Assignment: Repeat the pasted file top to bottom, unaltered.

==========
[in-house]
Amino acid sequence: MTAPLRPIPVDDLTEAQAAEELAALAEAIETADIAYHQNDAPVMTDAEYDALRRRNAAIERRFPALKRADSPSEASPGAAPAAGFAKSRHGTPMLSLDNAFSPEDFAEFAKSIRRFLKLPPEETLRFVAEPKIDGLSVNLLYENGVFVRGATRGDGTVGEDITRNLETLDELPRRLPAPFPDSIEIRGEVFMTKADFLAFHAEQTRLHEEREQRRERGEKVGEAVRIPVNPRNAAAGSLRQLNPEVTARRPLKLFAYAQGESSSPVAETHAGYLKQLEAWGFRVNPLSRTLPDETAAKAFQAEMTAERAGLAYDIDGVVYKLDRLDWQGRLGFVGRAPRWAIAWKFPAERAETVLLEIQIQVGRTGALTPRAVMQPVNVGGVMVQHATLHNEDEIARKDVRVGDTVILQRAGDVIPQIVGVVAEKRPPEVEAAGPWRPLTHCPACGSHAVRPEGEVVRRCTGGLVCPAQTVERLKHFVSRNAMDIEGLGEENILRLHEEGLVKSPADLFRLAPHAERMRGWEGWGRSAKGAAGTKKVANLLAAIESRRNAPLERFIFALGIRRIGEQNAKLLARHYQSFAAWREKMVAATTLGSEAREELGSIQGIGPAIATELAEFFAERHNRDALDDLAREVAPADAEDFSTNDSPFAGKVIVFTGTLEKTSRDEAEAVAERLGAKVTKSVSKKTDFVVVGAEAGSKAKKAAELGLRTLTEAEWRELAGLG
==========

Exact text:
[in-house]
Amino acid sequence: MTAPLRPIPVDDLTEAQAAEELAALAEAIETADIAYHQNDAPVMTDAEYDALRRRNAAIERRFPALKRADSPSEASPGAAPAAGFAKSRHGTPMLSLDNAFSPEDFAEFAKSIRRFLKLPPEETLRFVAEPKIDGLSVNLLYENGVFVRGATRGDGTVGEDITRNLETLDELPRRLPAPFPDSIEIRGEVFMTKADFLAFHAEQTRLHEEREQRRERGEKVGEAVRIPVNPRNAAAGSLRQLNPEVTARRPLKLFAYAQGESSSPVAETHAGYLKQLEAWGFRVNPLSRTLPDETAAKAFQAEMTAERAGLAYDIDGVVYKLDRLDWQGRLGFVGRAPRWAIAWKFPAERAETVLLEIQIQVGRTGALTPRAVMQPVNVGGVMVQHATLHNEDEIARKDVRVGDTVILQRAGDVIPQIVGVVAEKRPPEVEAAGPWRPLTHCPACGSHAVRPEGEVVRRCTGGLVCPAQTVERLKHFVSRNAMDIEGLGEENILRLHEEGLVKSPADLFRLAPHAERMRGWEGWGRSAKGAAGTKKVANLLAAIESRRNAPLERFIFALGIRRIGEQNAKLLARHYQSFAAWREKMVAATTLGSEAREELGSIQGIGPAIATELAEFFAERHNRDALDDLAREVAPADAEDFSTNDSPFAGKVIVFTGTLEKTSRDEAEAVAERLGAKVTKSVSKKTDFVVVGAEAGSKAKKAAELGLRTLTEAEWRELAGLG